Even if you're only vaguely informed, you probably know that encouraging students to study STEM subjects – science, technology, engineering and math – has been a hot education topic for the last several years.
Many middle and high schools have jumped on board with clubs such as math team and science Olympiad. Robotics clubs have also grown popular, encouraging students to engage in engineering and technology, inspiring innovation and fostering leadership and self-confidence. These are all fantastic attributes for students thinking of pursuing a STEM-related major.
Since college doesn't come cheap, we recommend pursuing scholarships that match your interests. Your love for tinkering and your active participation on your school's robotics team can pay off with the following scholarships for robot enthusiasts.
[Find out more about STEM scholarships for aspiring scientists.]
If you're on your high school's robotics team, you've likely heard of FIRST, the nonprofit founded more than 20 years ago that, according to its website, "designs accessible, innovative programs" that help young students build "self-confidence, knowledge, and life skills."
More than 350,000 students from around the country participate in a FIRST program or competition. But you may not have known that FIRST offers more than 875 college scholarship opportunities, and last year awarded over $16 million.
The FIRST scholarship program can be your ticket to not only being recognized for the skills you've gained through your participation on a robotics team, but also leave you with a sizable monetary award to help pay for college.
[Learn how colleges are working to support STEM majors.]
Many of the program's scholarships are dedicated to specific schools, states or regions. You can use the organization's website to find scholarships that you'll be eligible for.
One national opportunity worth mentioning is the Gates Corporation's FIRST Scholarships, which include six merit-based scholarships worth $2,000. These are awarded to high school seniors who have participated on a 2014 FIRST Robotics Competition team. The 2014 application isn't due until next May, so you have plenty of time to apply.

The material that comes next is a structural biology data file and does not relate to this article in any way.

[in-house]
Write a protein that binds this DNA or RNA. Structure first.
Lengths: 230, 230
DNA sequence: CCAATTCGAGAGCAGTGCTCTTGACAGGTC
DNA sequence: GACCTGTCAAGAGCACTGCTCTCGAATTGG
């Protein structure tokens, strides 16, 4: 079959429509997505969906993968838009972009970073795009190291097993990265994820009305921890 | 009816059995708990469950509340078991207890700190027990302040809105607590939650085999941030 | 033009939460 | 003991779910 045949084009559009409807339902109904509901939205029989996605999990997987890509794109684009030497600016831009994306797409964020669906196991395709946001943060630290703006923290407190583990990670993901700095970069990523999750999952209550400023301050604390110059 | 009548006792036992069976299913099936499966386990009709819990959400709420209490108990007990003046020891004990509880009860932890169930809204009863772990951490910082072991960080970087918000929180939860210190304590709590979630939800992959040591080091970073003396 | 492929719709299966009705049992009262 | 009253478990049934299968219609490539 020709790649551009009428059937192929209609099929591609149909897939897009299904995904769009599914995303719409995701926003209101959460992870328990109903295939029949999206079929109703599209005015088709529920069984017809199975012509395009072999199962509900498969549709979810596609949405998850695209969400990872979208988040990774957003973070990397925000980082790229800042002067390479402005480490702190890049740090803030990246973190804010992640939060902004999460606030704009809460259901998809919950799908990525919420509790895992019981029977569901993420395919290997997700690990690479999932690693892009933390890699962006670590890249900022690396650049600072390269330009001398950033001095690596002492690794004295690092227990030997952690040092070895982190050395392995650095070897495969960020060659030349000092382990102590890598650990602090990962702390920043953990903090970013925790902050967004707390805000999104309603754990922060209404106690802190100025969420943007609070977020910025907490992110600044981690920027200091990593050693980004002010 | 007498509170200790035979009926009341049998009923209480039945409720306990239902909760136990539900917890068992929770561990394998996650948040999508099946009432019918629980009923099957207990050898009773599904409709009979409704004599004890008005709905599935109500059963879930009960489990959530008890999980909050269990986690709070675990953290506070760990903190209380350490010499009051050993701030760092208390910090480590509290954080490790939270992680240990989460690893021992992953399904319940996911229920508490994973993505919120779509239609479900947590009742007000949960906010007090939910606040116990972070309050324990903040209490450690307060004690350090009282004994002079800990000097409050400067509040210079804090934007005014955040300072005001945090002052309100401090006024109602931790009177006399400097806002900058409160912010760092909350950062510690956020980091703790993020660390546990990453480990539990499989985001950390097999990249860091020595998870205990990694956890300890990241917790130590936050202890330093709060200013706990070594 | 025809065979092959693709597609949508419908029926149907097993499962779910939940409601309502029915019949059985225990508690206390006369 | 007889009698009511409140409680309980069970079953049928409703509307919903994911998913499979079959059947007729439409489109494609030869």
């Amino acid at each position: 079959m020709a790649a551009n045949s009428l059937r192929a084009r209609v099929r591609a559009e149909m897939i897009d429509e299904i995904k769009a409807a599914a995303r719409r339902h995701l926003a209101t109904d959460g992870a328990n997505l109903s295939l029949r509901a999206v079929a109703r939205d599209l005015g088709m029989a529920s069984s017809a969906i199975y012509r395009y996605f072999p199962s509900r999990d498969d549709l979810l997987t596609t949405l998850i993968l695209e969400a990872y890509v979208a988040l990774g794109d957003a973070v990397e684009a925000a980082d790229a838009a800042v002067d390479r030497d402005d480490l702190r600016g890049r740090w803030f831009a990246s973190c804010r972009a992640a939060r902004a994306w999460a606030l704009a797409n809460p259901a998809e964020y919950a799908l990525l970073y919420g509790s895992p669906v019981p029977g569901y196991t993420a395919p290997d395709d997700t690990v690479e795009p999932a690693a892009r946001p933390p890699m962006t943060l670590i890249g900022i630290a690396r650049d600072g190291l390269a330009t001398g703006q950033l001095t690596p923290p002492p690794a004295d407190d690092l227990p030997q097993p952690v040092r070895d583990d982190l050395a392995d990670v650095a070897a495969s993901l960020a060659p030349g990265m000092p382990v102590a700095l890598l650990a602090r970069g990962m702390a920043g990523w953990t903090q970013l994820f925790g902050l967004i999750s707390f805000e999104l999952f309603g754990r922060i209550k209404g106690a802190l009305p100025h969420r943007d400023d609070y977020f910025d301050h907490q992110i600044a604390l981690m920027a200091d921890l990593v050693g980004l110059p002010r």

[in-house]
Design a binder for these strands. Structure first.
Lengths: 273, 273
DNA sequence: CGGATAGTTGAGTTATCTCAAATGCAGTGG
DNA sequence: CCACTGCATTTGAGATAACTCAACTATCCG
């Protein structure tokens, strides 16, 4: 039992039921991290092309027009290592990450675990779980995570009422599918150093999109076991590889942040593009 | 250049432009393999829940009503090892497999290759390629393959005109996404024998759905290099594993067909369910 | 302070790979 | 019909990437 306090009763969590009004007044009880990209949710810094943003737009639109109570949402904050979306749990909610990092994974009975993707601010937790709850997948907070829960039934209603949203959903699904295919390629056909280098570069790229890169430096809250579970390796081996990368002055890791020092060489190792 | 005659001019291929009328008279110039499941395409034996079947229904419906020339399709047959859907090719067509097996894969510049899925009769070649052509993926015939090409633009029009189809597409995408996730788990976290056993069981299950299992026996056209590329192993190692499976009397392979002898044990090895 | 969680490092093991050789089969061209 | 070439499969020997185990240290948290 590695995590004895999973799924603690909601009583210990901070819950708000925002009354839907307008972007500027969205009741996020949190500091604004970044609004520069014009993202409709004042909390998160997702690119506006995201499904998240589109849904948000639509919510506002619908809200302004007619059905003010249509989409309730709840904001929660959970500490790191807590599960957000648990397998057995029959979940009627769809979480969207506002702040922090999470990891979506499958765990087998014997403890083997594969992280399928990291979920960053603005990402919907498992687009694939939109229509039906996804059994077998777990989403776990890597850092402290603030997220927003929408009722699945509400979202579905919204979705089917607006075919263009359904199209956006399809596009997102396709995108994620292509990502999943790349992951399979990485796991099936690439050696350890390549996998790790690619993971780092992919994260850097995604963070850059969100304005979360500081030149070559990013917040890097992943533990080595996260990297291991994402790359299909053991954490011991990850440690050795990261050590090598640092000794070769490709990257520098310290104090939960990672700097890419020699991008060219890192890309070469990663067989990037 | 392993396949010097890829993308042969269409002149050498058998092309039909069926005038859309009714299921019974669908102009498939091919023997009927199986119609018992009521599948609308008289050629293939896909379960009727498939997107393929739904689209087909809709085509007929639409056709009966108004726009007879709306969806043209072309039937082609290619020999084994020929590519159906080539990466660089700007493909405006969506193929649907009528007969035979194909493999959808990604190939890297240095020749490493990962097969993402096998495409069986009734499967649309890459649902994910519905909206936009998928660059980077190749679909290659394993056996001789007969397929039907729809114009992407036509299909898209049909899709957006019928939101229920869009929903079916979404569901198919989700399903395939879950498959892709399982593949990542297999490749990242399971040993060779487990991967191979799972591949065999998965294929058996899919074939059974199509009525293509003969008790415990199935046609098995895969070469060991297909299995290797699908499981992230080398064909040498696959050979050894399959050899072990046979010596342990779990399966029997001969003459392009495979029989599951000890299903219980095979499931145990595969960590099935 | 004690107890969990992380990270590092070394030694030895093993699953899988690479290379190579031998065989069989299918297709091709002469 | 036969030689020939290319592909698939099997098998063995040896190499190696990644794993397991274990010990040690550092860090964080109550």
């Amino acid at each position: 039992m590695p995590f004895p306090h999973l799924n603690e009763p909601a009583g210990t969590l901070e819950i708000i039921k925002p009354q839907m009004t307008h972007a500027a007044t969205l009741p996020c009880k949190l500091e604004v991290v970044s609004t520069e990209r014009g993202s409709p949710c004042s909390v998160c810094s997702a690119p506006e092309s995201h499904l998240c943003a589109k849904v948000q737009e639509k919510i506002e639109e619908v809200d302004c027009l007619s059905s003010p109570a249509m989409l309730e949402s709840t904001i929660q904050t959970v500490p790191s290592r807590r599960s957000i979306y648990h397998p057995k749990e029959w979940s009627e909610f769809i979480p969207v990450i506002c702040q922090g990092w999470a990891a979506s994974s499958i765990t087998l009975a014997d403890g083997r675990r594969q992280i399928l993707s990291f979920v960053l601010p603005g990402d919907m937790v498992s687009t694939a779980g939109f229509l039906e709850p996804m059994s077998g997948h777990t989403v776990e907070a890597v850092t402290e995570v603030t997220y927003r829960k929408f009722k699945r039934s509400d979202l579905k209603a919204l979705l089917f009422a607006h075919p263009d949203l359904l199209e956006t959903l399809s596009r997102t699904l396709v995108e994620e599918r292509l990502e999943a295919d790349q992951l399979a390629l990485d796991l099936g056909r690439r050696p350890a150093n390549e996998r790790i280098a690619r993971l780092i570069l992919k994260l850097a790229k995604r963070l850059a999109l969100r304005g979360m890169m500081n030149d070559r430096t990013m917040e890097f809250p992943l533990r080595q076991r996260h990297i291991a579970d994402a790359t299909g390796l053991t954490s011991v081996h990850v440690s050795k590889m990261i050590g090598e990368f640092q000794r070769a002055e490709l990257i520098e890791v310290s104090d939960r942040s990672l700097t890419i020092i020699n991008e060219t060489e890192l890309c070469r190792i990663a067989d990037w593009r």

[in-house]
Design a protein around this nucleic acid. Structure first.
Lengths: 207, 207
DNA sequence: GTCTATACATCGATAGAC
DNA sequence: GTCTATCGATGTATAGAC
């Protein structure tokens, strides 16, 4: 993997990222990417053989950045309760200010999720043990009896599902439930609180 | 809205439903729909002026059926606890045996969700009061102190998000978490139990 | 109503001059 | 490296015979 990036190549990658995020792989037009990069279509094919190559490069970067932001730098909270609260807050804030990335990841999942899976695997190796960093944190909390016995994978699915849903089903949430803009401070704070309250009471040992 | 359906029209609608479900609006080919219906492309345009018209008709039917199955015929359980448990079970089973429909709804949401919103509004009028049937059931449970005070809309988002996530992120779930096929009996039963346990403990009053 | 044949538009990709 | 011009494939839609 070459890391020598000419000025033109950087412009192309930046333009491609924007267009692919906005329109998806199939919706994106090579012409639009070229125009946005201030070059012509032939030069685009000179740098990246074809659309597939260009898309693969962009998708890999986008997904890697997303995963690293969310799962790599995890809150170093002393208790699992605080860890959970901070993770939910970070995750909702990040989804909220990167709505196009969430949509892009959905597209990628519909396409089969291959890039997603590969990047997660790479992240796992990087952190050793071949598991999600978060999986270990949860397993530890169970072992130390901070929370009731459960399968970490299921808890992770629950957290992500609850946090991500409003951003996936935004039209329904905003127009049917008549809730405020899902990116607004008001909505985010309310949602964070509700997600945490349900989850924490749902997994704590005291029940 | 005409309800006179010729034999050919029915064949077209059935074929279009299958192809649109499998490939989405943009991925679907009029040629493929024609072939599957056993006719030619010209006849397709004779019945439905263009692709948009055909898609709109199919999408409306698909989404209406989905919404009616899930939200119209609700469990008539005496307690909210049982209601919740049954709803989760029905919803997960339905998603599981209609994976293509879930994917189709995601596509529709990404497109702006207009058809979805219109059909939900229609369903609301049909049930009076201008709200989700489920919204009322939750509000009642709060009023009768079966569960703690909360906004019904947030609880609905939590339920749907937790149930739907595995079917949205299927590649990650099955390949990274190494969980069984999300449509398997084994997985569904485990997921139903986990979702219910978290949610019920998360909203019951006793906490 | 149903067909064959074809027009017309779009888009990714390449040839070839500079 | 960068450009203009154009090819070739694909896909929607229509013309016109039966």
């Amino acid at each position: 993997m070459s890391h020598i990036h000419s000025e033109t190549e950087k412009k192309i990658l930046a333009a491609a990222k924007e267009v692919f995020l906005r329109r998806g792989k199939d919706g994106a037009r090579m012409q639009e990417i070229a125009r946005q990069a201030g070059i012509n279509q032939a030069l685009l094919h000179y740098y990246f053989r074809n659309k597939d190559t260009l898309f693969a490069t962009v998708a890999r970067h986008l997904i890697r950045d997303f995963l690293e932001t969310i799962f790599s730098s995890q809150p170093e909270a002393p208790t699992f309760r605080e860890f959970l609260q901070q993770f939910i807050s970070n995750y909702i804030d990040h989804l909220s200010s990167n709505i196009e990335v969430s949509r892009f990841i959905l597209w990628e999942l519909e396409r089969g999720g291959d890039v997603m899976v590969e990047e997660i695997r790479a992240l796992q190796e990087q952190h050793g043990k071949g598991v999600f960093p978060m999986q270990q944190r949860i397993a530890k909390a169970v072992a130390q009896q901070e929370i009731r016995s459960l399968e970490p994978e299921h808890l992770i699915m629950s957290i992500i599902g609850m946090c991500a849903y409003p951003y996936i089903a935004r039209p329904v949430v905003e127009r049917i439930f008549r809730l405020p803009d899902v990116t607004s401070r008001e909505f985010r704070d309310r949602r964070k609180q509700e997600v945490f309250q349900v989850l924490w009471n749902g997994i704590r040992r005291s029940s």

If you build robots, you probably think of yourself as an innovator. Consider participating in the Intel Science Talent Search, a national competition designed to recognize student achievement and inspire innovation in science, technology, engineering and math.
[Consider these 11 college majors that lead to jobs.]
Each year, more than 1,700 high school seniors conduct original research projects and present their work at the Intel Science Talent Search and forty finalists are then chosen to participate in a weeklong event in Washington, D.C. Students compete for more than $1.25 million in awards and scholarships, including a grand prize scholarship worth $100,000.
If you're thinking of participating this year, make sure you check out these important deadlines so you don't miss out on this fantastic opportunity.
And finally, we've got one award to highlight specifically for young women who are passionate about technology and considering a major in computer science, computer engineering or a closely related technical field.
The Google Anita Borg Memorial Scholarship, in honor of renowned computer scientist Anita Borg, strives to encourage women to excel in computing and technology and become active role models and leaders in the field. Winners receive a generous $10,000 scholarship and are invited to attend the annual Google Scholars' Retreat in Mountain View, Calif. The application opens in early 2014 and you can check their website for more details.
Michelle Showalter joined Scholarship America in 2007 and is an alumna of Luther College in Decorah, Iowa.